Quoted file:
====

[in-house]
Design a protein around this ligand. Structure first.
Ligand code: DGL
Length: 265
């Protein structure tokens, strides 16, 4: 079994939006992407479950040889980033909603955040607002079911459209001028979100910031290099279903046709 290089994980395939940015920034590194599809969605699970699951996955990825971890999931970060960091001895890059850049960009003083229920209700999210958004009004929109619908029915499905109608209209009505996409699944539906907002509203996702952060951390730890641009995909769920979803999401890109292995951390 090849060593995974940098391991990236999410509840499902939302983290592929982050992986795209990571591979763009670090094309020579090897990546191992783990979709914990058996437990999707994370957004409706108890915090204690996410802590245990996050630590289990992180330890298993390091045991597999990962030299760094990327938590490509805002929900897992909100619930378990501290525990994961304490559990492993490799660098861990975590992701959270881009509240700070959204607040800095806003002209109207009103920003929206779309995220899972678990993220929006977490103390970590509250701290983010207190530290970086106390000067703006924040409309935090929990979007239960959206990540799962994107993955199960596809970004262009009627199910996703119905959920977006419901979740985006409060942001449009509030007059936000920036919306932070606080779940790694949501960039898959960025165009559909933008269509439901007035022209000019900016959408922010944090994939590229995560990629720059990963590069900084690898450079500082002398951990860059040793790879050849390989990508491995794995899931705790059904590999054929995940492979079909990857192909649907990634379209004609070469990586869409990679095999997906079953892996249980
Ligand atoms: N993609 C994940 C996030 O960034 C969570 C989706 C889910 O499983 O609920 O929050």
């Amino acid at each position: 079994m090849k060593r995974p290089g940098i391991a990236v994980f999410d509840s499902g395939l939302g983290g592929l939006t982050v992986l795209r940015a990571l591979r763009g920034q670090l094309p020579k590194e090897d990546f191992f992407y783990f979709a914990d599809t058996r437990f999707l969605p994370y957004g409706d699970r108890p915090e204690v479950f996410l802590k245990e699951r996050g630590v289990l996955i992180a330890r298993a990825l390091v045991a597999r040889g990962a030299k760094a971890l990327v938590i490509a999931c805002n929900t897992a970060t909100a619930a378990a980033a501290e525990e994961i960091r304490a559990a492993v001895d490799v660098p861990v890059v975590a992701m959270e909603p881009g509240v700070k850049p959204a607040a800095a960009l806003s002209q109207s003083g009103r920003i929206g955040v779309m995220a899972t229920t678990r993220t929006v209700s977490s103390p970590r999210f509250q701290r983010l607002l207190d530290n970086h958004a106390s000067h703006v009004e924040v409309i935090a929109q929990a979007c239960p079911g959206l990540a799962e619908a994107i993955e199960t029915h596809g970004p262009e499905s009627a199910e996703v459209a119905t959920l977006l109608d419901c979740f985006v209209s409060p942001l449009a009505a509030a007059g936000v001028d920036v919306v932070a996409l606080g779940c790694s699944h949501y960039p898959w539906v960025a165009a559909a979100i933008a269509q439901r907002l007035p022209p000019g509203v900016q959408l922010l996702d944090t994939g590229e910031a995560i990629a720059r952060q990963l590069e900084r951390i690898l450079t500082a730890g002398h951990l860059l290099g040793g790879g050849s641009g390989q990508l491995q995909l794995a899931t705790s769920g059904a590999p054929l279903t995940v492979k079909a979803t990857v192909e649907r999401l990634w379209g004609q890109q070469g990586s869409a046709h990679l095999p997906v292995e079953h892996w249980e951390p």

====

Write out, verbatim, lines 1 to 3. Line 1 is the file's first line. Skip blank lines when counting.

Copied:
[in-house]
Design a protein around this ligand. Structure first.
Ligand code: DGL